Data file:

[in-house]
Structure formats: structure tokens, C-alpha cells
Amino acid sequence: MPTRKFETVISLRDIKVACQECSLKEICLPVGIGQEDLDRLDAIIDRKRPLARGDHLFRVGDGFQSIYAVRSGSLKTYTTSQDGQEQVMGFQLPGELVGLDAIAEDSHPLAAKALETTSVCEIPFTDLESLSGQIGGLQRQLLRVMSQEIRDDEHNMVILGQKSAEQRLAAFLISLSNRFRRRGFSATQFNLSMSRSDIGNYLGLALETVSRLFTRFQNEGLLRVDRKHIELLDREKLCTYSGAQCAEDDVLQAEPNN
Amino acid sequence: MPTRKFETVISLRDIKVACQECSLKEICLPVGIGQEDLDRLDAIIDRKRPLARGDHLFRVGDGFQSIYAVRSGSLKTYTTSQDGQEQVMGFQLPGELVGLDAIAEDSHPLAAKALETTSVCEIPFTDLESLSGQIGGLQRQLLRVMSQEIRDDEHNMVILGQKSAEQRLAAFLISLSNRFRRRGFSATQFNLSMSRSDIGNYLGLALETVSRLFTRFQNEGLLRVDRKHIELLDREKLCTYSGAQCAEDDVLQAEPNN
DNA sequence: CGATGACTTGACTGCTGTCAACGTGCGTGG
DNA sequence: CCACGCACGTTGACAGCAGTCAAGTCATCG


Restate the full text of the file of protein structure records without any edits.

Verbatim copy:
[in-house]
Structure formats: structure tokens, C-alpha cells
Amino acid sequence: MPTRKFETVISLRDIKVACQECSLKEICLPVGIGQEDLDRLDAIIDRKRPLARGDHLFRVGDGFQSIYAVRSGSLKTYTTSQDGQEQVMGFQLPGELVGLDAIAEDSHPLAAKALETTSVCEIPFTDLESLSGQIGGLQRQLLRVMSQEIRDDEHNMVILGQKSAEQRLAAFLISLSNRFRRRGFSATQFNLSMSRSDIGNYLGLALETVSRLFTRFQNEGLLRVDRKHIELLDREKLCTYSGAQCAEDDVLQAEPNN
Amino acid sequence: MPTRKFETVISLRDIKVACQECSLKEICLPVGIGQEDLDRLDAIIDRKRPLARGDHLFRVGDGFQSIYAVRSGSLKTYTTSQDGQEQVMGFQLPGELVGLDAIAEDSHPLAAKALETTSVCEIPFTDLESLSGQIGGLQRQLLRVMSQEIRDDEHNMVILGQKSAEQRLAAFLISLSNRFRRRGFSATQFNLSMSRSDIGNYLGLALETVSRLFTRFQNEGLLRVDRKHIELLDREKLCTYSGAQCAEDDVLQAEPNN
DNA sequence: CGATGACTTGACTGCTGTCAACGTGCGTGG
DNA sequence: CCACGCACGTTGACAGCAGTCAAGTCATCG